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(2023) This blend of 70% Pinot Noir and 30% Chardonnay from the 2015 vintage exhibits plenty of toast, hazelnut and brioche on the nose, with a peachy fruit undertow. The palate perhaps lacks a touch of verve, the fruit peachy and soft, the acidity moderate, but it is delightfully gluggable and finishes with good balance.
(2023) Note that the 2021 vintage tasted here in July 2023 has just been replaced by the 2022. I have not tasted that, but I can only imagine in this abundantly fresh style of wine youth is an advantage. The nose is all green apple and lime, streaking freshness, but there is an undertow because of the lees ageing that adds a little pillow of something more oatmeally. In the mouth it's a vibrant style that won't scare a Loire Sauvignon lover; loads of fresh-squeezed citrus and a lick of salt, into a long, textured and dry finish.
(2023) A Vino de la Tierra de Cádiz appellation wine made from Palomino, grown on the distinctive chalky soils of the Jerez region known as 'albariza'. The colour is medium to pale straw-yellow, and the nose has a buttery character, then golden delicious apples moving into more exotic fruits. In the mouth it has that dry, apple core and straw-like character that I associate with Palomino dry wines, but there is a hint of juiciness and easy-drinking ripeness, and the classy saline touch to the acidity in the finish. Different, only 11.5% abv, and very enjoyable.
(2023) A more or less equal blend of the three classic Champagne grapes, aged two years, with fruit from the Marne Valley. There's a fairly deep yellow/gold hue to this. Modest bubbles rise from the glass. The nose is relatively reserved, with a little buttery biscuit and lemony fruit. In the mouth this is racy enough, though there's a sweet-fruited ripeness on the mid-palate. I find something a little bitter in the finish that detracts here, from anotherwise enjoyable wine.
(2023) Made from 100% Chardonnay, this is sourced from easterly planted vineyards in the Côtes de Blancs and stays three years on the lees. Very biscuity, those yeasty, umami notes of autolysis are nicely balanced against lemon fruit. The palate is dry - not sure of the dosage here, but seems low - allowing the citrus to power through, though always over a nutty, yeasty background. Probably my favourite wine of this trio.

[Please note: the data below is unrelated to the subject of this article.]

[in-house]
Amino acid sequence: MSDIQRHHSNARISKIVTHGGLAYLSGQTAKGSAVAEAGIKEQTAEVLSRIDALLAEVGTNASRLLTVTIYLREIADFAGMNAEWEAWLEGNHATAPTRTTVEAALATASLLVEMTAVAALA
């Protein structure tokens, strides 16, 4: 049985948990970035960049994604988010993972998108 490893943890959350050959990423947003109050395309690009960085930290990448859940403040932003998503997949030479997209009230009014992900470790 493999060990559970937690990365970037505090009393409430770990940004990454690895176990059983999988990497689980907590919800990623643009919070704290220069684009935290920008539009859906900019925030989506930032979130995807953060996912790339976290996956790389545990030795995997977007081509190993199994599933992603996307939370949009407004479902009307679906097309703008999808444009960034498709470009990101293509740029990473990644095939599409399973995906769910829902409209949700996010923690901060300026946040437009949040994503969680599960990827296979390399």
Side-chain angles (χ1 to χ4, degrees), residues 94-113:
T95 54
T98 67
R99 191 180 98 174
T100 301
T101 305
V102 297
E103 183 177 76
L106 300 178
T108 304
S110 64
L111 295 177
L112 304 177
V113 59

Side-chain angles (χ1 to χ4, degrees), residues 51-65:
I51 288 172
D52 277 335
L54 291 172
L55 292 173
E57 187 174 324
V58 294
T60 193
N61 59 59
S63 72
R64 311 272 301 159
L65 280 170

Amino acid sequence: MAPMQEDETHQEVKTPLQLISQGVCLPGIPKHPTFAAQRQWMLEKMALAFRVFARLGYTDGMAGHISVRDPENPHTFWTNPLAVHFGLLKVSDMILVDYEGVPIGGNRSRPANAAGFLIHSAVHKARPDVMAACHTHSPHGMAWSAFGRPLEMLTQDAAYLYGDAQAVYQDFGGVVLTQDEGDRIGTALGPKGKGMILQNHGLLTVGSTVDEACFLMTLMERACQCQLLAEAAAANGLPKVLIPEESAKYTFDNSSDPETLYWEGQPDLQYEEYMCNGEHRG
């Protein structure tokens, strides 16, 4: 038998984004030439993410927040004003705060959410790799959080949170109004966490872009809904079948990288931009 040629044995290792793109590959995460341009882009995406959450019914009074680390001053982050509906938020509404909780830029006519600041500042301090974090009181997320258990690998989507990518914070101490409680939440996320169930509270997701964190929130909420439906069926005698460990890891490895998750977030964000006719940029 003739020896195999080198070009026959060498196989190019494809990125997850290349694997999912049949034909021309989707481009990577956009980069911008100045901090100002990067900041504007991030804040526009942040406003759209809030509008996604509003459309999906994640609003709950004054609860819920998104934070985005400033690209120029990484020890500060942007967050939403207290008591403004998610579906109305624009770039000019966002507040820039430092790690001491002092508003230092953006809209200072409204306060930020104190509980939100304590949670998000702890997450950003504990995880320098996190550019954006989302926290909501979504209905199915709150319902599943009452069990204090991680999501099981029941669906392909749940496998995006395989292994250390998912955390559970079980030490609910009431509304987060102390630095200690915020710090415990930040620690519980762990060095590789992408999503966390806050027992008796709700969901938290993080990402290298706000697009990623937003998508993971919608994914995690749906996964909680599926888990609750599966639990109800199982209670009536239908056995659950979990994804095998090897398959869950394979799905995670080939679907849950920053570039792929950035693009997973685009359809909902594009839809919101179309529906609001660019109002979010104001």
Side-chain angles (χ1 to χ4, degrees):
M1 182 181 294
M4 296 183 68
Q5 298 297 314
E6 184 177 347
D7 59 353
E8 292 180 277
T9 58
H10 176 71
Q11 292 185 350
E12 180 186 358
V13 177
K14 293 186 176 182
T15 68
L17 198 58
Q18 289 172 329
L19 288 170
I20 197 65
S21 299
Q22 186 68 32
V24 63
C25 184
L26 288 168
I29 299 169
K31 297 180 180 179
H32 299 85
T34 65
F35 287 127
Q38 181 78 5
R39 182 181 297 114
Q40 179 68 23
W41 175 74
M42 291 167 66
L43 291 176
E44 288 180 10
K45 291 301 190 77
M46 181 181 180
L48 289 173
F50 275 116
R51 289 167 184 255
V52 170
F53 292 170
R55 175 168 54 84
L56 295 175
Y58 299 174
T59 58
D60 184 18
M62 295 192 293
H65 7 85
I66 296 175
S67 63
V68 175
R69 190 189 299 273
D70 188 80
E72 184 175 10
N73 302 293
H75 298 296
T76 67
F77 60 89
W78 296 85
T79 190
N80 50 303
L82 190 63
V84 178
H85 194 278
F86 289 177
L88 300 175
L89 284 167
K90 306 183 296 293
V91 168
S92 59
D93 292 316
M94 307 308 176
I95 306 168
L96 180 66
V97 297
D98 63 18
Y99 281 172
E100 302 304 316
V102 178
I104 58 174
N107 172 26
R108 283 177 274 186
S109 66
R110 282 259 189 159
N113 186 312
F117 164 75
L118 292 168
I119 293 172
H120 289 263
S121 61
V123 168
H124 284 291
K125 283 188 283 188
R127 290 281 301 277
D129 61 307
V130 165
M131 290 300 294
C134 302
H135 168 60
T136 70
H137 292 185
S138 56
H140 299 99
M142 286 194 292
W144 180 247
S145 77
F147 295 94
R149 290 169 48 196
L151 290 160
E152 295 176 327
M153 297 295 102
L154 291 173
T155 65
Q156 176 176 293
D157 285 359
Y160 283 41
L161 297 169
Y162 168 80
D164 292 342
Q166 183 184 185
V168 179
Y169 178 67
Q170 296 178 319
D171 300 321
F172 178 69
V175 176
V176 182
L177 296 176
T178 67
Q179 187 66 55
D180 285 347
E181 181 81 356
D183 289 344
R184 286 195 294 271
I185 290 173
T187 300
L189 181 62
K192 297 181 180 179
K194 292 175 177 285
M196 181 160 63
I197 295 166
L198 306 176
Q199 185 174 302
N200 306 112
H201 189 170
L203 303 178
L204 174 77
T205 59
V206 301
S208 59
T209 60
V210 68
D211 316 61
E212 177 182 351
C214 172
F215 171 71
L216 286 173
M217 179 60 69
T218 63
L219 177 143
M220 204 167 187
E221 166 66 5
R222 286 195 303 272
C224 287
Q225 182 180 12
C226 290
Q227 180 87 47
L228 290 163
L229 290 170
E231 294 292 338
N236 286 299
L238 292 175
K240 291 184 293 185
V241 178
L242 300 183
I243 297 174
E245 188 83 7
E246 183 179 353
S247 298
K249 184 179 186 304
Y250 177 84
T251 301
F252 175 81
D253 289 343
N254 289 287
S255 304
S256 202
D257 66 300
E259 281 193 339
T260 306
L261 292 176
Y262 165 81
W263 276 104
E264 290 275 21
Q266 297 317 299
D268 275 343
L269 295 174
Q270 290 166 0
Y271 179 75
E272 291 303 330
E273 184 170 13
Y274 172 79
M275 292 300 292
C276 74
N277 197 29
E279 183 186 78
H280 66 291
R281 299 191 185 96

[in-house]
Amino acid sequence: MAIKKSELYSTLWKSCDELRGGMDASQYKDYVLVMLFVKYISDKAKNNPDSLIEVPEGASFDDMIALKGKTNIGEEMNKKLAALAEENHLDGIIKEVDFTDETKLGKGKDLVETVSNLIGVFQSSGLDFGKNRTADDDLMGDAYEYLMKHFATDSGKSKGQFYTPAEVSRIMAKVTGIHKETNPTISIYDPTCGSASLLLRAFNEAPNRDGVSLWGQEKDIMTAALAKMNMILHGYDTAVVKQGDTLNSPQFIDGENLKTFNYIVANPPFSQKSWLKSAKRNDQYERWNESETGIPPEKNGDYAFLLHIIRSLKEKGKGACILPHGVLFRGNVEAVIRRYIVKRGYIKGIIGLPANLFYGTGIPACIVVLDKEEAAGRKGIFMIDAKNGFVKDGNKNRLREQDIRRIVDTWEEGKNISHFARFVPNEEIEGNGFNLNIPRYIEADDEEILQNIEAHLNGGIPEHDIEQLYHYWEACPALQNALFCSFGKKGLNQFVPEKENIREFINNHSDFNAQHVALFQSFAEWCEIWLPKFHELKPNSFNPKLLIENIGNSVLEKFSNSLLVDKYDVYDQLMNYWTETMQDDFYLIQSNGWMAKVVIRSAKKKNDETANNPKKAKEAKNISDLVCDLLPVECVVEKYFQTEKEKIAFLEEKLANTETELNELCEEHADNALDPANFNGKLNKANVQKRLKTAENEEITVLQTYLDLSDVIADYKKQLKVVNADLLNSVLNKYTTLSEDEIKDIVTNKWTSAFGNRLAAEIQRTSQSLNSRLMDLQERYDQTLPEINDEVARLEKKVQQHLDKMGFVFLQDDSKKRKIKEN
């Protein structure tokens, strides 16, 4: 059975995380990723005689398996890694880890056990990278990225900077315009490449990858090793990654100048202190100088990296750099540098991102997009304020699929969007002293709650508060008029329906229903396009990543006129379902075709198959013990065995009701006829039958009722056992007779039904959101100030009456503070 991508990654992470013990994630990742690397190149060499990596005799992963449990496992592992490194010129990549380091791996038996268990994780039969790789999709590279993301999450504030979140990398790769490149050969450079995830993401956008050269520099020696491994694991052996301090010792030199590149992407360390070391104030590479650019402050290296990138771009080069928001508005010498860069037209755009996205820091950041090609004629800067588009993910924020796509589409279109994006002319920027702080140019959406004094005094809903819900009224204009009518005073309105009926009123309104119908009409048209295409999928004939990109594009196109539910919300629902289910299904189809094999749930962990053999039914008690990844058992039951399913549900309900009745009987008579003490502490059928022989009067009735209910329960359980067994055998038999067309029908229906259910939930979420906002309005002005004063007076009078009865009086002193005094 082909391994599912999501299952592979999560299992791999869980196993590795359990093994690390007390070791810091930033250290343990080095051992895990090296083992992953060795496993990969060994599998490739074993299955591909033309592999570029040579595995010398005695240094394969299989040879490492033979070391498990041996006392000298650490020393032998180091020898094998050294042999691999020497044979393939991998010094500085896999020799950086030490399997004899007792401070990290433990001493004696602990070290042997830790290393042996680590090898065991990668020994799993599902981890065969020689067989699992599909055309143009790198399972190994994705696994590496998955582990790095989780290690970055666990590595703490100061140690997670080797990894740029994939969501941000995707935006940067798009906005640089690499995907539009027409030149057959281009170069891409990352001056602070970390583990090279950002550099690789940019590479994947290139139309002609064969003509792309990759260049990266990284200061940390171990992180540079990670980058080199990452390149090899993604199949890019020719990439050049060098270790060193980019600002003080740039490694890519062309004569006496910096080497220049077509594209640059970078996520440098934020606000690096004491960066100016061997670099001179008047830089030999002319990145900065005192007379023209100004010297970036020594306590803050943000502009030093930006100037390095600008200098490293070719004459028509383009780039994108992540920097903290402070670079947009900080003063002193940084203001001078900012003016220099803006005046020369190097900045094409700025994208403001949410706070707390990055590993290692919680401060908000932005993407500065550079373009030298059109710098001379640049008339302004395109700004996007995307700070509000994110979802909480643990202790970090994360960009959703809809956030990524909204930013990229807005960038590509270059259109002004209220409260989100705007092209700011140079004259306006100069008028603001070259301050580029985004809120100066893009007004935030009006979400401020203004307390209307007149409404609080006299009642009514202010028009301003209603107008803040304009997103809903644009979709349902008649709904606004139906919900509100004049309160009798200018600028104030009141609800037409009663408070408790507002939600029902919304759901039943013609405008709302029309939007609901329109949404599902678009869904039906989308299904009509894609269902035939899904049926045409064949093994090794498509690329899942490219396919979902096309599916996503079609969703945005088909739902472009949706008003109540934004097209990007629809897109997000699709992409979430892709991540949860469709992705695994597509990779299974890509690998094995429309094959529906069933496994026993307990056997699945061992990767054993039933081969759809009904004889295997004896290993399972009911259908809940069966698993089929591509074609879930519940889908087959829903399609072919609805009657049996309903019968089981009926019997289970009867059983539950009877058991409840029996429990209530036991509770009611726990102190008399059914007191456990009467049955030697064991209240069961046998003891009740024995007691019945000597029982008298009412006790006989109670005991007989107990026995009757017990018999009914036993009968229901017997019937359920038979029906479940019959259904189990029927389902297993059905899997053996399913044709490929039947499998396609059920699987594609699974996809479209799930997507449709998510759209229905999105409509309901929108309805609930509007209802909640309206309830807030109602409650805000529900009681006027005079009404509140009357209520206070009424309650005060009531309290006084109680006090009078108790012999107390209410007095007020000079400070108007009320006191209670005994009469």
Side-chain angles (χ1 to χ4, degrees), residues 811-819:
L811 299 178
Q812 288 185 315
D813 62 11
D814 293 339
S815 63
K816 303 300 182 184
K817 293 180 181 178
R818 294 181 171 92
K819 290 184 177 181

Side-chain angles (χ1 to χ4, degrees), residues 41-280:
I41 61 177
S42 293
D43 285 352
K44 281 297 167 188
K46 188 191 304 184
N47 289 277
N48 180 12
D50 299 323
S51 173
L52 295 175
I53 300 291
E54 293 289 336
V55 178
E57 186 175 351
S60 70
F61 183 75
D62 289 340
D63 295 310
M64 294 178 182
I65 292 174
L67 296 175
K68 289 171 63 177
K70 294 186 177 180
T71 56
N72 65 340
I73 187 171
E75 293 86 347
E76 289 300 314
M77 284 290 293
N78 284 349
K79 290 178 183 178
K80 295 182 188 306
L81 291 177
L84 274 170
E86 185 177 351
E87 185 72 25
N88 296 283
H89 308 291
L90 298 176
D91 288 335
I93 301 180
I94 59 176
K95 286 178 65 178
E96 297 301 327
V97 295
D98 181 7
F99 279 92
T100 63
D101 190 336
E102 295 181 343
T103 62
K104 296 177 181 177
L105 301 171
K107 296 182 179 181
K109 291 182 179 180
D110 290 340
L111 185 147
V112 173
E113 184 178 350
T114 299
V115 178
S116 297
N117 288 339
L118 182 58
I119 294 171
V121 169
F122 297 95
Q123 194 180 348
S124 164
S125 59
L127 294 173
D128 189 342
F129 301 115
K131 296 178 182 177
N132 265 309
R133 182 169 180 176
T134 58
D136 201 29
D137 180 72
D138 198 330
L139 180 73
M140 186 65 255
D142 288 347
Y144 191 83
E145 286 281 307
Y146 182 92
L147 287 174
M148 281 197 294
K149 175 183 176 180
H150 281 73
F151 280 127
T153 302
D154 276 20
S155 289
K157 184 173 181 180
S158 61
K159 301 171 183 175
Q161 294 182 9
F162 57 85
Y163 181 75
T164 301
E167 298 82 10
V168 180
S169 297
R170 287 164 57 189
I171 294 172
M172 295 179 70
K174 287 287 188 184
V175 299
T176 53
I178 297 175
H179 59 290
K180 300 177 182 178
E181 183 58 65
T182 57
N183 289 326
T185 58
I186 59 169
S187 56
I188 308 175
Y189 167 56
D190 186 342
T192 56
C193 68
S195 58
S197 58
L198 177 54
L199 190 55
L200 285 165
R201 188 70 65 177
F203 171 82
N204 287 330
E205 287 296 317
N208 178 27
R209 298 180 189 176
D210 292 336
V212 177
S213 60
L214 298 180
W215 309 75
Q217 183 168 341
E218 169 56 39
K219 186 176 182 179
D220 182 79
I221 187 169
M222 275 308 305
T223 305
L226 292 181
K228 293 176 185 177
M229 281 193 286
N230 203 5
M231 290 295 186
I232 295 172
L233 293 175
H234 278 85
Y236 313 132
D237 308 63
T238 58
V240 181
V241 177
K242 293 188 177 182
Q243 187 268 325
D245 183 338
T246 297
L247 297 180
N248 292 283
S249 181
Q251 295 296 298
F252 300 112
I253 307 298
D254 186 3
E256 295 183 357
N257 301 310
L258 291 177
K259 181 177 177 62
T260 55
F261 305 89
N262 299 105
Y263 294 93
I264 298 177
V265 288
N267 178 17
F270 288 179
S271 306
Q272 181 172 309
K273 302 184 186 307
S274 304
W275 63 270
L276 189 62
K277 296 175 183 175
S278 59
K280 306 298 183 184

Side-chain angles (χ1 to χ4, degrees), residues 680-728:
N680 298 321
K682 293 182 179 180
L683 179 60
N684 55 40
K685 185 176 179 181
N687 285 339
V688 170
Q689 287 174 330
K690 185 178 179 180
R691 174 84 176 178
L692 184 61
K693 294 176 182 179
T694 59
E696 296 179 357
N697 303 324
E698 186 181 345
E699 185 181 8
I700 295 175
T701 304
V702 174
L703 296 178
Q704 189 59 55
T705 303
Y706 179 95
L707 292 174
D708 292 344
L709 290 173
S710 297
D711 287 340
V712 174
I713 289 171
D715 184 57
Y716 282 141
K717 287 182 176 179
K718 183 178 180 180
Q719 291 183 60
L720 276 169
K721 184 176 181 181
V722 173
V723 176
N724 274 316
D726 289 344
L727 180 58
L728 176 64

(2023) There are quite a few Australian Chardonnays at around the £10 mark in UK supermarkets, often on promotion to nearer £8, and I dare say this new brand from Château Tanunda might be one of their rank. It is, however, one of the better ones I have tasted too: only 12.5% alcohol, not too sweet, with nicely judged oaking. Aromas are of crushed oatmeal and almon, a ripe and nutty Cox's pippen fruit beneath, just hinting at something more tropical. In the mouth medium bodied and fresh thanks to that low alcohol and decent acidity, the fruit staying nicely edgy - more lemon and ripe apple than tropical - through to the finish.
(2023) A wine I've enjoyed in previous vintages, but arguably this is the best so far. I remember a fabulous dry white from Château Doisy Daëne that I tasted many years ago that so fragrant with peach down elegance, hints of guava exoticism and a juicy, crisp but not aggresive pink grapefruit clarity and acidity. This reminds me of it so much, any barrel ageing adding a subtle sheen of almond, but almost disappearing into the shimmering elegance of the finish. 54% Semillon, 46% Sauvignon Blanc, 50% aged in barrel for six months.
(2023) Fans of the hugely popular Whispering Angel may not even realise that producer, Château d’Esclans, makes a whole range of rosé wines costing up to £100 per bottle. This will set you back a bit more than Whispering Angel, but to that wines dry, red-fruited charm and purity, it adds a mineral intensity. There's also a subtle creamy and full texture, partly from fermentation in French oak, in a wine that is Whispering Angel's older sibling, showing that much more gravitas. A delicious rosé and gastronomic too, eat with salmon prepared however your prefer or creamy mushroom pasta or risotto.
(2023) The Fairtrade certification assures you farm workers are treated well at Vergelegen’s estate, this Sauvignon Blanc from multiple carefully selected blocks, each parcel vinified separately before blending.  It's a very expressive wine, with hallmark elderflower thiols, yes, a little of that 'cat's pee on a gooseberry bush' character, and plenty of tropical, exotic fruit. In the mouth it continues its sensory journey, flooding the palate with both mango/nectarine fruit ripeness and a blast of citrus cut by grassiness to give a streaking grip and freshness to the finish. If the super-charged Sauvignon style appeals to you, this delivers in spades.  
(2023) Though I applaud the charitable aspect of this wine - the sale of one bottle provides one meal for a person in need in the Western Cape community - I'm afraid I preferred the Cabernet-Merlot partner, also in Morrisons at £9.00. There's nothing much wrong with this, but it feels both thin and a bit cloying, with some residual sugar being used to hide the rather shrill fruit and acidity. Not my cup of tea.